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written by Dave, June 04, 2012
Although "religious freedom" did not become the "phrase du jour" until early this year, the attacks on our religious freedom had already begun when filming of "For Greater Glory" started in 2010. A perusal of the USCCB Office of General Counsel Rulemaking page shows that the Conference has been protesting incursions -- attacks -- against religious liberty since March 2009, a mere two months after President Obama's inauguration. Too, we have the very public record of the President, and the Secretary of State, never referring to "freedom of religion" in public remarks: since 2009, since the Inauguration, the reference is always to "freedom of worship," which is a much more restricted right -- one guaranteed by the Soviet Constitution of 1936, by the way -- as its effect is to say that one may worship as one wishes, in buildings set aside for that purpose or in one's home, but once outside the building (church or home), the claims of religion are left behind -- unless one's religion happens to support the President's very progressive domestic agenda. The attacks were insidious and apparently small prior to the HHS rule, but they laid the groundwork for it.

What it shows is the constant animosity of the Left, now progressive, now socialist, now and again communist, against any religion it cannot co-opt for its own purposes, and the price that heroic resistance sometimes requires. "Progressive" religionists need not worry under the regime that is unfolding; or, better, for it matters not whether this or that Administration is Democrat or Republican, religion that supports the State need not worry. But once the State is the final arbiter of what is and is not religion and legitimate religious activity, the war against the Church becomes overt, and the only question is to the degree of the State's hostilities against her.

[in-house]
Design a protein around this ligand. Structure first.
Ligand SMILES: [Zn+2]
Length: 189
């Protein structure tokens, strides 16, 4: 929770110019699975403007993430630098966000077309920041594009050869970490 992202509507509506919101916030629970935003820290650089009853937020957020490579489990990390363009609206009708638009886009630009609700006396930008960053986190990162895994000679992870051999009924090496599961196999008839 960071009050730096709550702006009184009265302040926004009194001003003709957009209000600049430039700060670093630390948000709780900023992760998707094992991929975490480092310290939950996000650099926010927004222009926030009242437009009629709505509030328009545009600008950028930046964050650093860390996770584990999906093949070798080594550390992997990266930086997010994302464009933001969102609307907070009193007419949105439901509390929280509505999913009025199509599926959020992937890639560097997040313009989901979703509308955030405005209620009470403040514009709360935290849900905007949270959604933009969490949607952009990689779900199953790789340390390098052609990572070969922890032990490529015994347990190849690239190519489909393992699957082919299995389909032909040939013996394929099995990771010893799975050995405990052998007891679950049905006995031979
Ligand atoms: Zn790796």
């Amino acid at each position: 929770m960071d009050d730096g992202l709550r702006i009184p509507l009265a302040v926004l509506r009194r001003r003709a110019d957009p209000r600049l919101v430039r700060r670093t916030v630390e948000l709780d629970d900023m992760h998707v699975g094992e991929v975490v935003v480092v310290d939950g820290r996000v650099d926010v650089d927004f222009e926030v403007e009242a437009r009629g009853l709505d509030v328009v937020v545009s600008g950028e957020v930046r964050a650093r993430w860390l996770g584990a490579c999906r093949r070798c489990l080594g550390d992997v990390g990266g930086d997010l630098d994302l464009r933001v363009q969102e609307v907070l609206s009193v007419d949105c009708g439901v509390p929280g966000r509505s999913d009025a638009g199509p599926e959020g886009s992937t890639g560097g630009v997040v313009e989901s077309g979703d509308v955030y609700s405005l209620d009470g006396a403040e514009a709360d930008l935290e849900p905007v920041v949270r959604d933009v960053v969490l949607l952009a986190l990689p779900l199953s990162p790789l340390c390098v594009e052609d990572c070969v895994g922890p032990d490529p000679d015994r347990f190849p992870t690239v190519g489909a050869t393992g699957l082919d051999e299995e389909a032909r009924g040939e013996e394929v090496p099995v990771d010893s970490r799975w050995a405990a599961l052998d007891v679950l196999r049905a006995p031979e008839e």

I put in a plug for Mr. Miner's Compleat Gentleman: every man must be monk, scholar, warrior; every man must be a man of prayer, a student -- of the Faith, of Church history, of history in general, and of current events; and prepared to contend for the Truth, no matter the cost. I say "man" here intentionally for two reasons: women are more prayerful, studious, and prepared to contend than men are these days; and, pace the current nostrums in the Church, men -- laymen -- have an indispensable role in passing on the Faith to their children and in demanding that the rights of the Church, of the faithful, and of all believers be protected in the public realm.

And so I ask everyone who reads these remarks to become men and women of prayer, and to go deeper into the life of prayer than ever before, for the contending is first of all spiritual; to deepen one's knowledge of the Faith and of history; and to become more apostolic in one's ordinary environment than one can imagine possible. Even now the fields are white for the harvest; even now the triumph of Our Lady's Immaculate Heart can avert our nation and world from great disaster -- but not without the prayer, study, and apostolic action of the faithful.
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written by Grump, June 04, 2012